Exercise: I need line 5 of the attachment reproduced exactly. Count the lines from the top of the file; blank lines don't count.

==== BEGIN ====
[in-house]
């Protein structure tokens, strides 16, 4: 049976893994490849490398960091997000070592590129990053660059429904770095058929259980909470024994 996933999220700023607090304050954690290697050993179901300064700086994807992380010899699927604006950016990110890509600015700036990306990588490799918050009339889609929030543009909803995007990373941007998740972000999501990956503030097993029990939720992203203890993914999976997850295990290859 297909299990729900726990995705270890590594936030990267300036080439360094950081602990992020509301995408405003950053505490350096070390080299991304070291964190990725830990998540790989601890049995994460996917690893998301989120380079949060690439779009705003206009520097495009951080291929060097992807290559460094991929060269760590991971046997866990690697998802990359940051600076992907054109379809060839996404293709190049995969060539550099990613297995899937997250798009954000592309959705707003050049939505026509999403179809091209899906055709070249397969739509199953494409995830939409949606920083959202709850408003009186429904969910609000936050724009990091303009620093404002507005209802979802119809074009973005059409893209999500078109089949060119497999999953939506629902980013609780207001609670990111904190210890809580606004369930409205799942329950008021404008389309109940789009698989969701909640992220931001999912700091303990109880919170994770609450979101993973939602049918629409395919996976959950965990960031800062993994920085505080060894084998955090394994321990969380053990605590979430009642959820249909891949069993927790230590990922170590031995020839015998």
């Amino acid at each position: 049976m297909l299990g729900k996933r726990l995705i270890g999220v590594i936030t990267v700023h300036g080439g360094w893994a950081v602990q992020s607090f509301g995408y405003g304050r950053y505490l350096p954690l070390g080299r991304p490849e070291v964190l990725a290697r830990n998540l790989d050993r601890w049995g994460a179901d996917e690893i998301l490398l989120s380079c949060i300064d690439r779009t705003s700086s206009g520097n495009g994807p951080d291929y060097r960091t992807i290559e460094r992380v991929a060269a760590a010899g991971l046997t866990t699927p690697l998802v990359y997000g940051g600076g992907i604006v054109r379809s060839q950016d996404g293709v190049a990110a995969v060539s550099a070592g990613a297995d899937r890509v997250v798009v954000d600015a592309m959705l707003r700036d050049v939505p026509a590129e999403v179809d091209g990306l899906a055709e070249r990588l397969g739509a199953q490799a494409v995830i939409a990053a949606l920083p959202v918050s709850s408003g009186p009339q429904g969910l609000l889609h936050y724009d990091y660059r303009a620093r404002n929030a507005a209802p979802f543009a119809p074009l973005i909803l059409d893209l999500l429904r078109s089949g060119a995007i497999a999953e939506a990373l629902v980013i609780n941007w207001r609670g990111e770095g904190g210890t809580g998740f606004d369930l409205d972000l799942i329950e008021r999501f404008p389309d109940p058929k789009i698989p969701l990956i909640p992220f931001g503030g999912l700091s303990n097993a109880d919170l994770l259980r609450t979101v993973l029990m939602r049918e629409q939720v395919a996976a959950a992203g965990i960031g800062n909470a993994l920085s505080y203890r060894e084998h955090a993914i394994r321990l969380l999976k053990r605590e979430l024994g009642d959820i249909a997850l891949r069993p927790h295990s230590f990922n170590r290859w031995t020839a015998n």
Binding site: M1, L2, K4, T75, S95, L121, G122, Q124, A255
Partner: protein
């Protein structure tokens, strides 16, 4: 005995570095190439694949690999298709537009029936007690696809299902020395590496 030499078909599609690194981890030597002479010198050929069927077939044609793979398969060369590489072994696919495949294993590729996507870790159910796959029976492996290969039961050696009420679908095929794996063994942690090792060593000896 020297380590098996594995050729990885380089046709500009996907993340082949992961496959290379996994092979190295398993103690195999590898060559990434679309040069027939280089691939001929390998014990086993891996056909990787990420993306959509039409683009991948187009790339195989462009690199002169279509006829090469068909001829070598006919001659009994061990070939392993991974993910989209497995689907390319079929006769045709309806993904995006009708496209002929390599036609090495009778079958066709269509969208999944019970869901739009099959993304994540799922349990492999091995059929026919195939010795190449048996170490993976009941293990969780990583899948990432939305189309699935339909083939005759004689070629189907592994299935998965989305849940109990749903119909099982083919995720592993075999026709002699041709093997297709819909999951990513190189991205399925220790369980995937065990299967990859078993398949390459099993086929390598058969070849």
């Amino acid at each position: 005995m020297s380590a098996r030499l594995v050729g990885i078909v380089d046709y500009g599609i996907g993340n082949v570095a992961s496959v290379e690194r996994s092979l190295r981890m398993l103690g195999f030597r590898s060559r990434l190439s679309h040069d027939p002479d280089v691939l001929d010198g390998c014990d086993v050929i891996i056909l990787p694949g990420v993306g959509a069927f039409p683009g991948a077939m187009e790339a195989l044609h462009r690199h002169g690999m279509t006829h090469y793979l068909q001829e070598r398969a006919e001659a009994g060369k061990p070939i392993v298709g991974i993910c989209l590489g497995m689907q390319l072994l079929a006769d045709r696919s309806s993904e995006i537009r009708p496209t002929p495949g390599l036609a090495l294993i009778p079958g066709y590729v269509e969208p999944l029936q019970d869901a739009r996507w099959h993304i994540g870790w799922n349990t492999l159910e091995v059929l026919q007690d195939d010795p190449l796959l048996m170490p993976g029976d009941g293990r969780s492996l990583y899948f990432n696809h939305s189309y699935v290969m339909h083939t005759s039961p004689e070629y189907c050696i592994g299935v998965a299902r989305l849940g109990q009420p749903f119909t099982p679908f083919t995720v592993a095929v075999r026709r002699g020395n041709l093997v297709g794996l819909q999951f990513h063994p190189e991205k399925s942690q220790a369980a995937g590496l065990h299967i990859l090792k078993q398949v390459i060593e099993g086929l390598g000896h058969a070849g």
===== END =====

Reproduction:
Partner: protein